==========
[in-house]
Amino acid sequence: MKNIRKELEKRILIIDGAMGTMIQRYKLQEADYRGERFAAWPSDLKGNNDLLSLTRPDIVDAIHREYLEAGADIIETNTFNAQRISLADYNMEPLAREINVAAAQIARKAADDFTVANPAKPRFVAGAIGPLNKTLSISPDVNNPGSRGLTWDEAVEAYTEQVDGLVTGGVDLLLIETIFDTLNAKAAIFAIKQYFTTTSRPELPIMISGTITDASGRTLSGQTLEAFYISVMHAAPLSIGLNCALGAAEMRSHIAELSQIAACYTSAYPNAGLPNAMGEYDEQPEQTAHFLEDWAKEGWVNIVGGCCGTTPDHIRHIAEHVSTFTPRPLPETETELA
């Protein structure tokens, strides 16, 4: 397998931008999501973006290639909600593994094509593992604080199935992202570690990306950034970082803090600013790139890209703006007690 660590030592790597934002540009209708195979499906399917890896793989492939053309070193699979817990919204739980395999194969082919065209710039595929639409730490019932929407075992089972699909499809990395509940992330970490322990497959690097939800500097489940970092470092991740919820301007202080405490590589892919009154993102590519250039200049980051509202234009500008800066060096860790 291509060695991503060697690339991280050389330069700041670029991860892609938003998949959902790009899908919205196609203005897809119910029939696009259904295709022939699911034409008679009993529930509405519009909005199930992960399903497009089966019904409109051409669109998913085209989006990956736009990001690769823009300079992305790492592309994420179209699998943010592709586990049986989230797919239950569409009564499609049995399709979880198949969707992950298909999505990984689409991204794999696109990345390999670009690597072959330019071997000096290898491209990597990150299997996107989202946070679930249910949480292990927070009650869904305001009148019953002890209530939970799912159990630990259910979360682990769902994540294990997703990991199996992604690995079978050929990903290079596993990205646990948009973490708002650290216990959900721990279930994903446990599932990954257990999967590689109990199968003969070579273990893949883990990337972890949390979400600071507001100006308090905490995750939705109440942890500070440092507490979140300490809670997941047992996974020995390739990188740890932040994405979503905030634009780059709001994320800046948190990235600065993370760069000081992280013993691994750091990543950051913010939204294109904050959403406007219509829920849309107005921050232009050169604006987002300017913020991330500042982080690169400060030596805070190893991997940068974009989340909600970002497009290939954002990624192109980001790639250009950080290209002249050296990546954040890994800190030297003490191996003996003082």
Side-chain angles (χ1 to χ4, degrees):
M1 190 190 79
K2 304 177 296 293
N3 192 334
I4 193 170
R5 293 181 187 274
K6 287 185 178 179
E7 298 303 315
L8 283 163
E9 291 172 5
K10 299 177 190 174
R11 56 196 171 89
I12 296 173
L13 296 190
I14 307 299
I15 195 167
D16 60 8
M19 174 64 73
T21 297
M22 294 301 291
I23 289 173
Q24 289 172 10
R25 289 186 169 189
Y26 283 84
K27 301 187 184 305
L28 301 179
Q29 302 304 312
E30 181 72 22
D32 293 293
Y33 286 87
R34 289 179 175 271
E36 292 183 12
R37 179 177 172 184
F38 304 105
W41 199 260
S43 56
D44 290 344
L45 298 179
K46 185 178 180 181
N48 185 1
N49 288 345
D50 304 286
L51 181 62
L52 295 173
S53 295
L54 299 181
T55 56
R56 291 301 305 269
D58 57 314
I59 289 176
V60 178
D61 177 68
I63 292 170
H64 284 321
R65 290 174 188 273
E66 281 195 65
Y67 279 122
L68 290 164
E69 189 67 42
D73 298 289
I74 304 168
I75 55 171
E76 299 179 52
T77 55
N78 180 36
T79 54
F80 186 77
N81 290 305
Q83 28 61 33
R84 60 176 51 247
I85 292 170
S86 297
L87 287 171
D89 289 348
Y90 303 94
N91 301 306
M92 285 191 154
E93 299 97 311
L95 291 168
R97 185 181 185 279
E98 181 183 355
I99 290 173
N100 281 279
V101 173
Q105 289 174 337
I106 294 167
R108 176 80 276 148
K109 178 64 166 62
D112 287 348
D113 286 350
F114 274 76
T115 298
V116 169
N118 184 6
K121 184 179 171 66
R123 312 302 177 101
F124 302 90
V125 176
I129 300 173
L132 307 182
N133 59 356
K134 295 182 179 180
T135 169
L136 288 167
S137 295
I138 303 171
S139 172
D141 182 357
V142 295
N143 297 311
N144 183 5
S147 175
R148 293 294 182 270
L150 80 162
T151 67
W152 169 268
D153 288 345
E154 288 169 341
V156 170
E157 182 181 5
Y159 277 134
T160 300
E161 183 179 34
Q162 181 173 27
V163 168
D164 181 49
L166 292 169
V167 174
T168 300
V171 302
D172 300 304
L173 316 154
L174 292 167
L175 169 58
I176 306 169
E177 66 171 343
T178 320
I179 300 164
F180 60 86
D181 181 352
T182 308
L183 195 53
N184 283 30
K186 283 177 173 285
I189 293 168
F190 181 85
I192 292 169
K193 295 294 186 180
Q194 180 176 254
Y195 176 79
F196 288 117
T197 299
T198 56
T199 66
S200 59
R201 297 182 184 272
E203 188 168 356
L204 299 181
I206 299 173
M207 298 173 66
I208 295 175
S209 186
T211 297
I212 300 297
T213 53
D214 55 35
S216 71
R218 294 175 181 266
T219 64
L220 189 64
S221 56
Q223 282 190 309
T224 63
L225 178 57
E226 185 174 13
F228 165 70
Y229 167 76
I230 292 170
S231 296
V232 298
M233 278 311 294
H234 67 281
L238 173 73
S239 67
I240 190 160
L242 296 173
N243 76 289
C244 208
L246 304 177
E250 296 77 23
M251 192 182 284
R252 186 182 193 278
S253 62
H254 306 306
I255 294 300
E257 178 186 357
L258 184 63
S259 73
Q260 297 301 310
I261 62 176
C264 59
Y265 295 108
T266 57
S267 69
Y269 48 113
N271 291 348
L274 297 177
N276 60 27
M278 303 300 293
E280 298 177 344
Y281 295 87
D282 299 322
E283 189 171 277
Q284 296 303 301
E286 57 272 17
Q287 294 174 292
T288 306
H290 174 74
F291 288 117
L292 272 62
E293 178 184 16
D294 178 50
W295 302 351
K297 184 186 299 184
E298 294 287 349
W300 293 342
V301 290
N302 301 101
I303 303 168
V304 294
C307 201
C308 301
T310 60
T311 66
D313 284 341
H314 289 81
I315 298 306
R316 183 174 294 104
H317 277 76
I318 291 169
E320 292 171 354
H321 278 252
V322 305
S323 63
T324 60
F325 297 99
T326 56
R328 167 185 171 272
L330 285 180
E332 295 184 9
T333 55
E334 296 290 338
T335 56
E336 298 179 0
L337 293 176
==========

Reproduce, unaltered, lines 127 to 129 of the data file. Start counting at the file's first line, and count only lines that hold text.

Q162 181 173 27
V163 168
D164 181 49